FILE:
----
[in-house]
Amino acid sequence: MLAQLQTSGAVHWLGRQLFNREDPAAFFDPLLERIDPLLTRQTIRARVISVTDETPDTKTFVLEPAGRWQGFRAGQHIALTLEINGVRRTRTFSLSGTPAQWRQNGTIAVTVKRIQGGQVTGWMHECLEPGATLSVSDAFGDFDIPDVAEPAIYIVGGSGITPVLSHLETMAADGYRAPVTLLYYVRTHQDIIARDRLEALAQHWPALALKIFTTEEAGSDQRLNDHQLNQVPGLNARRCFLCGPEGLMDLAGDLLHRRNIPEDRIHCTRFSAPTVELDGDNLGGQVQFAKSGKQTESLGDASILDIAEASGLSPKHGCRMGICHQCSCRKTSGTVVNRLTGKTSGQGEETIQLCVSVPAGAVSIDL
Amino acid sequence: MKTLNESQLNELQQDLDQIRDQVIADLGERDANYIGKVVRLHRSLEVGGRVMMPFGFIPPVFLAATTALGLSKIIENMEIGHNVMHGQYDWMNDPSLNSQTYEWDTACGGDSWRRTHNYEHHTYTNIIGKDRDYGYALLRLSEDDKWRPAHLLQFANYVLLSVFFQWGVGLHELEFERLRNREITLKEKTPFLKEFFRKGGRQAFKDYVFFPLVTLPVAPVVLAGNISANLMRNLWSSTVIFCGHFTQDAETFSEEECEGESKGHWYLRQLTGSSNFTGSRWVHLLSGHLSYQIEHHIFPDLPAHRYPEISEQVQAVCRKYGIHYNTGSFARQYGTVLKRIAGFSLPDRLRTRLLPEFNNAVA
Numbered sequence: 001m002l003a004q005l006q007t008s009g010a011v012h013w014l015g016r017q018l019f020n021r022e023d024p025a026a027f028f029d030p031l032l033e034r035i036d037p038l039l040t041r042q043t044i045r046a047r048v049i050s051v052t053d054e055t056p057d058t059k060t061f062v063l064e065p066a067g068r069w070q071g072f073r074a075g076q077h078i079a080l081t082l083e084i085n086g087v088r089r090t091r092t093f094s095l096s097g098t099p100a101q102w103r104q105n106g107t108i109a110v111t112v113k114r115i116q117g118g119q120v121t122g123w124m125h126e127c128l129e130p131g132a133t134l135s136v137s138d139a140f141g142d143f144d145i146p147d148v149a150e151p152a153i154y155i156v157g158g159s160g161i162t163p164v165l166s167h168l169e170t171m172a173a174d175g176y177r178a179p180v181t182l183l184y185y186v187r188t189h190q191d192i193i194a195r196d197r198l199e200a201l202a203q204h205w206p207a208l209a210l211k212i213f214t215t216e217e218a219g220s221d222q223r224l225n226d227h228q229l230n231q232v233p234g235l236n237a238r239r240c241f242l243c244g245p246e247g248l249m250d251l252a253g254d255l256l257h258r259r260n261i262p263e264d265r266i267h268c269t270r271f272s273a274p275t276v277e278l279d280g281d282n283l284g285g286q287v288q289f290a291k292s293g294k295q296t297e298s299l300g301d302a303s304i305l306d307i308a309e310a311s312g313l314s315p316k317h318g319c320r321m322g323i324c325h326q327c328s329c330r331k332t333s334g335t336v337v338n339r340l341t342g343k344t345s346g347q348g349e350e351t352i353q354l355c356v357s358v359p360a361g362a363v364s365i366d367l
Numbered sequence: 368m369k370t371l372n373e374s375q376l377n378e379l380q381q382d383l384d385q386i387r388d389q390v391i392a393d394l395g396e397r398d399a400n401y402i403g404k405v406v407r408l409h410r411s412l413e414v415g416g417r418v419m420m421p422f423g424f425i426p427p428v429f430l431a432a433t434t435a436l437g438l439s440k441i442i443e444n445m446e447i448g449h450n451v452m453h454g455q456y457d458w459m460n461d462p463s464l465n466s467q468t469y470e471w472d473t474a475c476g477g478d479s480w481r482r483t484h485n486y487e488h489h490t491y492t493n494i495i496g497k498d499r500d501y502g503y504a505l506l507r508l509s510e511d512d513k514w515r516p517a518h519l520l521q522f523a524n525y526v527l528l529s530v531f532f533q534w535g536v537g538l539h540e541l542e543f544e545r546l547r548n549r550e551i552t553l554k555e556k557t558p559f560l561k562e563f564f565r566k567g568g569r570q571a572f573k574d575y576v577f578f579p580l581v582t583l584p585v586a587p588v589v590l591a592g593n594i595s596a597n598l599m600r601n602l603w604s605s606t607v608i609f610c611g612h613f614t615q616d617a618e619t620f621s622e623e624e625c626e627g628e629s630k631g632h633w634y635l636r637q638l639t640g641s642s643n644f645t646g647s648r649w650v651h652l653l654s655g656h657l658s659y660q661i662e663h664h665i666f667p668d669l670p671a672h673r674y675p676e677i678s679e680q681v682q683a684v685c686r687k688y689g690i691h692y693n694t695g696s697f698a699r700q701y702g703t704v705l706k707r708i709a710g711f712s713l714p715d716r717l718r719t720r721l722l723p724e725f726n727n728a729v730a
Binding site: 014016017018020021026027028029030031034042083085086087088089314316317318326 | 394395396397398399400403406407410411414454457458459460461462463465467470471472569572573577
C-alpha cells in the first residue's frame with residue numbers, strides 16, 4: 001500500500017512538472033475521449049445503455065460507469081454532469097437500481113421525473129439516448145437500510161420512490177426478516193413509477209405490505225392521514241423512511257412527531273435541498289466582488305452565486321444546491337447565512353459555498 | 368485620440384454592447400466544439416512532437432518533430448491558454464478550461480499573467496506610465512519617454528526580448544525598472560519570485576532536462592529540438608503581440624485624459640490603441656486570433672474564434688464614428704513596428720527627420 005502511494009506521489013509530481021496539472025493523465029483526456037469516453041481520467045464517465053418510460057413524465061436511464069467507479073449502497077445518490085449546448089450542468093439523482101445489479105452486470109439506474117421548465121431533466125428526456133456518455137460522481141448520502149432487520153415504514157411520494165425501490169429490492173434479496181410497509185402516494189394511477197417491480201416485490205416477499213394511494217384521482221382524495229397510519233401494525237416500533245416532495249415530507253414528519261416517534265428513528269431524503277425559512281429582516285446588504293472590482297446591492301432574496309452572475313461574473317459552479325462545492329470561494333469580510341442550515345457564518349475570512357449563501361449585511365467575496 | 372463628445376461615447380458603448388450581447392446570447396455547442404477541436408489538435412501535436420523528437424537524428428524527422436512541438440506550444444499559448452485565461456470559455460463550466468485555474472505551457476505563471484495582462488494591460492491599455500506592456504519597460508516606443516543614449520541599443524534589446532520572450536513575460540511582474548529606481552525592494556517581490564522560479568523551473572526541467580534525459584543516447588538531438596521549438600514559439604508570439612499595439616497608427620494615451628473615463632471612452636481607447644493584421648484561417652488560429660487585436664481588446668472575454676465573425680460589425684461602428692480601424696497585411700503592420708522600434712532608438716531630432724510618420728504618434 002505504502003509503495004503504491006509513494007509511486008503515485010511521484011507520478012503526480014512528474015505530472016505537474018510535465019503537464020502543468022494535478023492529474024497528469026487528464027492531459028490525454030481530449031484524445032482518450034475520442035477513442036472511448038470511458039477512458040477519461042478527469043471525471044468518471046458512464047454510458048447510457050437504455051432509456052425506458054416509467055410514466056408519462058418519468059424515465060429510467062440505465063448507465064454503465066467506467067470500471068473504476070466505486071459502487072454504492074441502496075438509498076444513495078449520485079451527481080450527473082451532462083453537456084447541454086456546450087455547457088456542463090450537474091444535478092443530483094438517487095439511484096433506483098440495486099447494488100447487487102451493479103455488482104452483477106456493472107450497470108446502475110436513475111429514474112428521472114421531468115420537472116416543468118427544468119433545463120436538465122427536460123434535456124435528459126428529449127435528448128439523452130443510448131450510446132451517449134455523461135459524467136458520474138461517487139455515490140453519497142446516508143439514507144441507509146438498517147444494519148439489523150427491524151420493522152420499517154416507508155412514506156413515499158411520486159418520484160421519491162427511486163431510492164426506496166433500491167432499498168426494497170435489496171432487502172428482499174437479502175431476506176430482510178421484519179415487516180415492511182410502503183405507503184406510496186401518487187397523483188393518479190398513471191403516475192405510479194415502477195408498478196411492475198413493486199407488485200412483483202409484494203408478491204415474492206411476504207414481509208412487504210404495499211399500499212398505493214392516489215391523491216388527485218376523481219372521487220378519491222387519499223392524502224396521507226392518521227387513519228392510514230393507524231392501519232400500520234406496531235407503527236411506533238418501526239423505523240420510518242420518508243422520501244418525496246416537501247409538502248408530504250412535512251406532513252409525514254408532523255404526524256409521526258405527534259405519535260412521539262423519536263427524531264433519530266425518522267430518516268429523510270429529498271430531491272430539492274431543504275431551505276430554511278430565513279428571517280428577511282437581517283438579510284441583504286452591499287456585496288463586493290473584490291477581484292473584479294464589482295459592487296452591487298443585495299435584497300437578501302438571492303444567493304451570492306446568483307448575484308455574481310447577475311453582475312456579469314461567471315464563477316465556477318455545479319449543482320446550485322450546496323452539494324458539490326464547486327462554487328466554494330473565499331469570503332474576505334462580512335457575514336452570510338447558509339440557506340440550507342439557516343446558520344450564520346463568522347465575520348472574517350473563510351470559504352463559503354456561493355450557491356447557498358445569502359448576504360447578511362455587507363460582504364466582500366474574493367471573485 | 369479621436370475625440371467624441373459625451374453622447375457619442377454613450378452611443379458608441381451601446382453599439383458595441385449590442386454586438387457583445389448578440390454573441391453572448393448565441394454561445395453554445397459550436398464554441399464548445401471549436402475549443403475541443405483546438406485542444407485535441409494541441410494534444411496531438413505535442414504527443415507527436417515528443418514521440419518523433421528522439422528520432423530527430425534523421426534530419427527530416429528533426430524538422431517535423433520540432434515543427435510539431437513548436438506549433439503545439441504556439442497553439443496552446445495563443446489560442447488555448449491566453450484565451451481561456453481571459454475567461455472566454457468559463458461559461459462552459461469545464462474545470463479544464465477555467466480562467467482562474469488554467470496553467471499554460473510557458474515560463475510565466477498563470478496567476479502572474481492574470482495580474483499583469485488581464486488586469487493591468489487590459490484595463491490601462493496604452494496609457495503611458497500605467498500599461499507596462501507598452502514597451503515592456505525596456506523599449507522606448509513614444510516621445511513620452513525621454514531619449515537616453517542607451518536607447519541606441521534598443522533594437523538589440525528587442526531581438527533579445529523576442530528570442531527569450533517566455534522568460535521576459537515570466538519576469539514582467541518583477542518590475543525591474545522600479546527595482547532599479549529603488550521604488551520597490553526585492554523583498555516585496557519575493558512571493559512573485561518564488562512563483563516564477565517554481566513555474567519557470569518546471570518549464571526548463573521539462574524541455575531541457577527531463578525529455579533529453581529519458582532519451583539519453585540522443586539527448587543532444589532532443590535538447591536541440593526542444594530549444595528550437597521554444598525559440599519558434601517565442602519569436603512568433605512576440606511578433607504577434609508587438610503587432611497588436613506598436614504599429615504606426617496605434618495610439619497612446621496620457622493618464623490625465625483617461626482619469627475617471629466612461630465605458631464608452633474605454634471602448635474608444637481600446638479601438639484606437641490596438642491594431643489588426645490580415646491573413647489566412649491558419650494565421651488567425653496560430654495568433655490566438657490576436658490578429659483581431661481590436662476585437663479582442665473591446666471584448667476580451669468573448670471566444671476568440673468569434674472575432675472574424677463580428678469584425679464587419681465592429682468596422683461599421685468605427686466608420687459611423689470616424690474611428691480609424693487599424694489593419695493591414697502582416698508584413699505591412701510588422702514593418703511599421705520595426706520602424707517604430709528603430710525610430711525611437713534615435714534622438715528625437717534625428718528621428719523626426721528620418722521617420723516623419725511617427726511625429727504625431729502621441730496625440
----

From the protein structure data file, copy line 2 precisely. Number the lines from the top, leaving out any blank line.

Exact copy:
Amino acid sequence: MLAQLQTSGAVHWLGRQLFNREDPAAFFDPLLERIDPLLTRQTIRARVISVTDETPDTKTFVLEPAGRWQGFRAGQHIALTLEINGVRRTRTFSLSGTPAQWRQNGTIAVTVKRIQGGQVTGWMHECLEPGATLSVSDAFGDFDIPDVAEPAIYIVGGSGITPVLSHLETMAADGYRAPVTLLYYVRTHQDIIARDRLEALAQHWPALALKIFTTEEAGSDQRLNDHQLNQVPGLNARRCFLCGPEGLMDLAGDLLHRRNIPEDRIHCTRFSAPTVELDGDNLGGQVQFAKSGKQTESLGDASILDIAEASGLSPKHGCRMGICHQCSCRKTSGTVVNRLTGKTSGQGEETIQLCVSVPAGAVSIDL